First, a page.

For 10 years GSA Network has been working to fight homophobia in schools, but it’s the youth who are leading the way.
“It was really different back in the 1950s.” Phyllis Lyon’s words echoed around the auditorium where more than 400 middle and high school students sat listening to her talk about moving to the Castro district of San Francisco with her late wife Del Martin in 1955 and founding the Daughters of Bilitis.
She recounted getting a phone call from one of the few lesbians the pair had met. “Do you want to come to a meeting?” the woman had asked. “A few of us want to start a secret lesbian society,” Lyon stage whispered, at which the crowd of teens went wild with cheers and applause. “And you can imagine what we said,” Lyon joked. The students in attendance understood the importance of having clubs because they were all members of their schools’ gay-straight alliance.
Along with California State Assembly member Tom Ammiano, Lyon was a keynote speaker at the GSA Network’s third annual Youth Empowerment Summit, held on Dec. 6 at Everett Middle School in San Francisco. The GSA Network is a nonprofit organization that provides support for gay-straight alliances in schools across California and nationwide.
While not directly affiliated with the middle and high schools they work to improve, the GSA Network provides training and resources for students and teachers that are part of gay-straight alliances. They encourage young people to confront the homophobia and discrimination they come up against every day at school. The students and teachers at the Youth Empowerment Summit all said that the biggest problem in schools is slurs, but there are also many schools struggling with hate crimes and more violent types of discrimination.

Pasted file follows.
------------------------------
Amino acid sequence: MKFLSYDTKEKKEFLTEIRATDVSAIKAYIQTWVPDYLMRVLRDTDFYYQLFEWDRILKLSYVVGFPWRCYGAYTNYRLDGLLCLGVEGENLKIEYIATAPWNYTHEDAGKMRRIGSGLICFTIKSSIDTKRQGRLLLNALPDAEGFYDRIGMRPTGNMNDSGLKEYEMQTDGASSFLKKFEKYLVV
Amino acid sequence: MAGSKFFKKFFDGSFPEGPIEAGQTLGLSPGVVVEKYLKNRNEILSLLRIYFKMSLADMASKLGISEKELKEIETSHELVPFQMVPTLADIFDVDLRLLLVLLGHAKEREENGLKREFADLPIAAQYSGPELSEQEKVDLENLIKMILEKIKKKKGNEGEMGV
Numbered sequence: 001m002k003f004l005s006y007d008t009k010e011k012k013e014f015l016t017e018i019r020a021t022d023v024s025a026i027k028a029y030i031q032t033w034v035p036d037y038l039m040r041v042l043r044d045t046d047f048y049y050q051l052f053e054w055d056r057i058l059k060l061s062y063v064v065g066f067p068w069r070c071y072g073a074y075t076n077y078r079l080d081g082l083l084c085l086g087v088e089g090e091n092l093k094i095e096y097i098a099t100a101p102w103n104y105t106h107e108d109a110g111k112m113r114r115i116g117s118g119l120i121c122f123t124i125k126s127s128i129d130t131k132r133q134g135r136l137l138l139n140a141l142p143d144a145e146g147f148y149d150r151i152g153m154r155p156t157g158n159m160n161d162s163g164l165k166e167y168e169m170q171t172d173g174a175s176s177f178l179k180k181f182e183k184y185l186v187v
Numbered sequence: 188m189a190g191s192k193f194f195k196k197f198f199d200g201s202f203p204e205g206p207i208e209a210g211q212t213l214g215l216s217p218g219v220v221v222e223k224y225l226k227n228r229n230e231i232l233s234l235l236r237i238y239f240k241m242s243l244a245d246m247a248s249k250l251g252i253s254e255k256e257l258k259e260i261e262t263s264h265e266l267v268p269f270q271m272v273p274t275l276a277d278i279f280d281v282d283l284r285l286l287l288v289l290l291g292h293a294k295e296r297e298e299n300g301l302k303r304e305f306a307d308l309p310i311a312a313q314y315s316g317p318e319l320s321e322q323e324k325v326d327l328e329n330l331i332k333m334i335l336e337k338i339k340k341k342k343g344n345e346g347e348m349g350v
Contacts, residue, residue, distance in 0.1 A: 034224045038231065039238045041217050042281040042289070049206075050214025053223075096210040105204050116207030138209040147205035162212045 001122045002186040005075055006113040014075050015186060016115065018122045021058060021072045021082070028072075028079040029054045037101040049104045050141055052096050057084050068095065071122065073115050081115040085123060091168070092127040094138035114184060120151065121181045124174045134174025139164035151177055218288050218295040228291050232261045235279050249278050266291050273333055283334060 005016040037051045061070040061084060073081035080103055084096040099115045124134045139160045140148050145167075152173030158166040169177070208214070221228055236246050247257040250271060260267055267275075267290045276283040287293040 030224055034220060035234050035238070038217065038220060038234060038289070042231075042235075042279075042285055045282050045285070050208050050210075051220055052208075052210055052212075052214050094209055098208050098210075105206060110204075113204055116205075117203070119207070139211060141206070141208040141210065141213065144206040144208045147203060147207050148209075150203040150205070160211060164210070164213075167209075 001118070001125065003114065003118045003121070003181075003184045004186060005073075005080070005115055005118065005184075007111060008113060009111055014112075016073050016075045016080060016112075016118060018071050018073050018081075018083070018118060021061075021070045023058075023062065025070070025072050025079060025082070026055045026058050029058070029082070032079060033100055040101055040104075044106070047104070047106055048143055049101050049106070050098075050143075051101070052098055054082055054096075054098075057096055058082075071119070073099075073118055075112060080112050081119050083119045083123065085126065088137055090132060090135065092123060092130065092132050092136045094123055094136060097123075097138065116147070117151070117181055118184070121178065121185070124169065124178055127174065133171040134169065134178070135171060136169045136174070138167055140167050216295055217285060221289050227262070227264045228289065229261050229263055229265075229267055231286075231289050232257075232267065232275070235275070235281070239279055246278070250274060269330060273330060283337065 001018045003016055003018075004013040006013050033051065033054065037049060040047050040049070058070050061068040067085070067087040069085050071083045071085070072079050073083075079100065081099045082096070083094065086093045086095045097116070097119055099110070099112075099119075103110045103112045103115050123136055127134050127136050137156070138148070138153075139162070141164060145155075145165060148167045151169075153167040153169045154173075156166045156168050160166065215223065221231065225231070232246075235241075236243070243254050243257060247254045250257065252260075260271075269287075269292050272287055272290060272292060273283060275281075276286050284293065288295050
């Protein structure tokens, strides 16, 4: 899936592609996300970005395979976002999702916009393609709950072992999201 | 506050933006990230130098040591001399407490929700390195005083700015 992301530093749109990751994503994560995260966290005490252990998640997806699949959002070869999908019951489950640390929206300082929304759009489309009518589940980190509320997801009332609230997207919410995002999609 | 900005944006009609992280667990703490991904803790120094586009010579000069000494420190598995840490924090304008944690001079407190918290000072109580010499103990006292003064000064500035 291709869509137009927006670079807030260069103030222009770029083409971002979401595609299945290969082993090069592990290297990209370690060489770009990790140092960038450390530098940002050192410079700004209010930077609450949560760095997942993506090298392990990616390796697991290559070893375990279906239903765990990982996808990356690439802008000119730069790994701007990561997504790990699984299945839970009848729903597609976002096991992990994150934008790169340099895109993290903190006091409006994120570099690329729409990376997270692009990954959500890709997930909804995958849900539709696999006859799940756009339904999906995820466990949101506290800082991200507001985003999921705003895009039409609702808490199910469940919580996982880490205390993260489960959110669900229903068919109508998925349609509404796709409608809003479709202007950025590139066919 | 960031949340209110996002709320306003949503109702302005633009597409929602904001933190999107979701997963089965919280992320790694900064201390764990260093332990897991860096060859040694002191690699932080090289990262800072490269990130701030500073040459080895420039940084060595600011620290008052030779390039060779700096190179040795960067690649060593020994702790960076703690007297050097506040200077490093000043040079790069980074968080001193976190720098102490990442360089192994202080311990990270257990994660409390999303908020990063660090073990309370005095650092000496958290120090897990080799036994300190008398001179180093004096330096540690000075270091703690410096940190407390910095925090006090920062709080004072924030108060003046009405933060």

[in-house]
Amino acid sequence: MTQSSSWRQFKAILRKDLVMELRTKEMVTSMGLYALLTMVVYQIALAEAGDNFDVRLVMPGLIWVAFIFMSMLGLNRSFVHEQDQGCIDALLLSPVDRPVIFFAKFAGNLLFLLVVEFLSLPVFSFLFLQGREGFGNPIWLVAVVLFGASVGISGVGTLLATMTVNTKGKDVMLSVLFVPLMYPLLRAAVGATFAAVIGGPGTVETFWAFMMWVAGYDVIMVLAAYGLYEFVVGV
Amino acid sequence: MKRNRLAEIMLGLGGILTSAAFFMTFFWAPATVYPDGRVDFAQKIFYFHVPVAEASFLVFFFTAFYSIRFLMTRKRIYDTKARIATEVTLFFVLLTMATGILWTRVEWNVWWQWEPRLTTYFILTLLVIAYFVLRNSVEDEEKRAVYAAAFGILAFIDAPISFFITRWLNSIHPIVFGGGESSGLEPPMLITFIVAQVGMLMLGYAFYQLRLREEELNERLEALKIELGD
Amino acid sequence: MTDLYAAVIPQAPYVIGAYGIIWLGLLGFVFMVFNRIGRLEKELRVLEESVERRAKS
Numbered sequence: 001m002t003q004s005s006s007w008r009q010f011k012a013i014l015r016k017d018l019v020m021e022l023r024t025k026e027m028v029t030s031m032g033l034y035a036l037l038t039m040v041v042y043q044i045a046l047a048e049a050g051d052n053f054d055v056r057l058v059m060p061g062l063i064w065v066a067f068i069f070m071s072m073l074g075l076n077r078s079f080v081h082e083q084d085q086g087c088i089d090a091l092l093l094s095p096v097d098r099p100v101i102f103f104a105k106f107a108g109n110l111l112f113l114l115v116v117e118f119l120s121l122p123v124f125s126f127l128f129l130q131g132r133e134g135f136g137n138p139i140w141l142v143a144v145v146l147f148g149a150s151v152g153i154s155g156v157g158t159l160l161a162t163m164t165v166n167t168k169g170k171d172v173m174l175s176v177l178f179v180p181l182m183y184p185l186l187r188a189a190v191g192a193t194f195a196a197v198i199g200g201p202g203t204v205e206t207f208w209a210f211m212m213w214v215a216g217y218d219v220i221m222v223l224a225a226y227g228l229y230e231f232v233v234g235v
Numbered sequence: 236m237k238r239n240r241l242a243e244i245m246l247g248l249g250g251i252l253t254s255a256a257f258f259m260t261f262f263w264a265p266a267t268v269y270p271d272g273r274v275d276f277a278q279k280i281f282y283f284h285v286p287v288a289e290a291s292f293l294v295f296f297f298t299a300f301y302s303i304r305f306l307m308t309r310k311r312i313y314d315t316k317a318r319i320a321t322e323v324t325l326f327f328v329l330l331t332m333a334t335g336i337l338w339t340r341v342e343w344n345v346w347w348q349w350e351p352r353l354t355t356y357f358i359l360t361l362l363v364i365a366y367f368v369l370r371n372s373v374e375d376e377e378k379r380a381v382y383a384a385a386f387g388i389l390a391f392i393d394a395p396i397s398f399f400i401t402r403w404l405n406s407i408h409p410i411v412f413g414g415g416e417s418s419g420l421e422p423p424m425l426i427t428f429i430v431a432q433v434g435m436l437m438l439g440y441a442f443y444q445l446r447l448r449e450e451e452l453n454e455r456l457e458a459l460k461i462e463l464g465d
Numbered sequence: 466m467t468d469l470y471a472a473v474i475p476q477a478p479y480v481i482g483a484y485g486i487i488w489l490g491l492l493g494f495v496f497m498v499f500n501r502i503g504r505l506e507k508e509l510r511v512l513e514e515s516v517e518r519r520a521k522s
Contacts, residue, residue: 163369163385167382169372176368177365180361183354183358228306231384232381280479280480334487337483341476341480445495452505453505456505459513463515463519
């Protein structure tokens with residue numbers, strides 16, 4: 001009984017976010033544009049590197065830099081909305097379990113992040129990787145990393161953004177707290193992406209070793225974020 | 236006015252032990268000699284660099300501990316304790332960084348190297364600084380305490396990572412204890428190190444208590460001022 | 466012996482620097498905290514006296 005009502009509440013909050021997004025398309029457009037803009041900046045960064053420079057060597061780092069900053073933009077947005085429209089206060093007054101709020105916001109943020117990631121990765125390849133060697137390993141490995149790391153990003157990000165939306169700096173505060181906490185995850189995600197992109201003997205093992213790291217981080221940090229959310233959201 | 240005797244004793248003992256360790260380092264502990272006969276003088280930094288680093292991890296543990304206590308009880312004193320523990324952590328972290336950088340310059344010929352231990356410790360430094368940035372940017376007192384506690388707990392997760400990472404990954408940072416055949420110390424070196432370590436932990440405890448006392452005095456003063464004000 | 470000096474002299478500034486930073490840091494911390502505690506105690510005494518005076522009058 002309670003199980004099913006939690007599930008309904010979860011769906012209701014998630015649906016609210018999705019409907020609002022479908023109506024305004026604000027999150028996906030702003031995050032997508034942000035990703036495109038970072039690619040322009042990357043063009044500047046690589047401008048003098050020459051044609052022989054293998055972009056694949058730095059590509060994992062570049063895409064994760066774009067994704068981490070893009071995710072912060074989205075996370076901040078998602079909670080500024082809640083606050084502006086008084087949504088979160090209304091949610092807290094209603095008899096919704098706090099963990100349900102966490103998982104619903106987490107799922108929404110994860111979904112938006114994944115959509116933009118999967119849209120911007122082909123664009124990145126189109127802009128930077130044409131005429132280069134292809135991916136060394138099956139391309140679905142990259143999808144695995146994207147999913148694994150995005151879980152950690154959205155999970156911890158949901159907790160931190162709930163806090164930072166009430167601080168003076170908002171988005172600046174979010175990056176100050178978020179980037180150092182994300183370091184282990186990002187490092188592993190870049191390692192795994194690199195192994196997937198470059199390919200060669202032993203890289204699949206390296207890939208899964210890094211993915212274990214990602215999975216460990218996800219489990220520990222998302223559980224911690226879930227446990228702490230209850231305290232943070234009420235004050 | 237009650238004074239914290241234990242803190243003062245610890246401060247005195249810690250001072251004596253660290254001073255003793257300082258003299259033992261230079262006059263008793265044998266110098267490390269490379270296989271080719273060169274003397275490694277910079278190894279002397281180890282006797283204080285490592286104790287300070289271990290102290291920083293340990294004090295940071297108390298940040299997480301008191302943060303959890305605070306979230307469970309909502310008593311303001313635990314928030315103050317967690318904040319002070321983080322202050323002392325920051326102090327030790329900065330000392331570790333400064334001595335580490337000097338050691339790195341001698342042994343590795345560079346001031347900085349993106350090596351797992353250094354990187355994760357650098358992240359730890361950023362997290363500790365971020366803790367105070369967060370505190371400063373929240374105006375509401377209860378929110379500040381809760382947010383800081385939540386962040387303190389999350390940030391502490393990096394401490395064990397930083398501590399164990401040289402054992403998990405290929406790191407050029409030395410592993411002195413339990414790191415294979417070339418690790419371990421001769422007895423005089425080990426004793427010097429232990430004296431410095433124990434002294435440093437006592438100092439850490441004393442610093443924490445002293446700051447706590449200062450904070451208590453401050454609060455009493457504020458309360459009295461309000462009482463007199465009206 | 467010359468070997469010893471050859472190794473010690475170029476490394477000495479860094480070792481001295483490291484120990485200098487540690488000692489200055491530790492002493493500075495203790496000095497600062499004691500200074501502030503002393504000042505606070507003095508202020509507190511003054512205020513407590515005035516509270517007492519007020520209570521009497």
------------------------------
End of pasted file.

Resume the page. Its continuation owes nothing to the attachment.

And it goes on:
Youth hold leadership positions within GSA Netwrok, including seats on the board of directors, and play significant roles in organizing the programs and events put on by the organization, like the Youth Empowerment Summit. “GSA Network believes so fundamentally in the idea of youth leadership for a couple of reasons,” says Carolyn Laub, executive director of GSA Network.
“One is that young people respond to other youth leaders. They get inspired by seeing their own peers at the front of the classroom, leading the training or the workshop. Also we think it’s important that young people learn those leadership roles because they’re not only exercising leadership now, creating change in their schools, fighting homophobia and transphobia and other social injustices, but they also become the leaders of our broader movement to fight for social justice.”
One such youth leader is Kris Hameister, who is a member of the GSA Network’s youth council and part of their training committee. “I think it’s really important for youth to lead themselves because as we mature and grow up, we have to know how to organize ourselves. Adults aren’t always going to be there to help us sort through what we need to do and help us set our initiatives,” Hameister said. “We decide what we need to get done, we decide how we’re going to do it, we decided who’s doing what, we form committees. Once we get that basic still set, there’s really nothing we can’t do as far as activism.”
There is a certainly reason to believe that youth is the future, and Laub has confidence that their resilience and enthusiasm will serve them, and the rest of society, in good stead. “If you look at…conservative parts of California, what we find is that GSA clubs are often, and almost always, the only LGBT organization in their entire city or town.
So, often…it’s young people who are coming out, taking risks and having the courage to lead their community and to change the hearts and minds of people. And that’s how we’re ultimately going to win on a future ballot initiative.”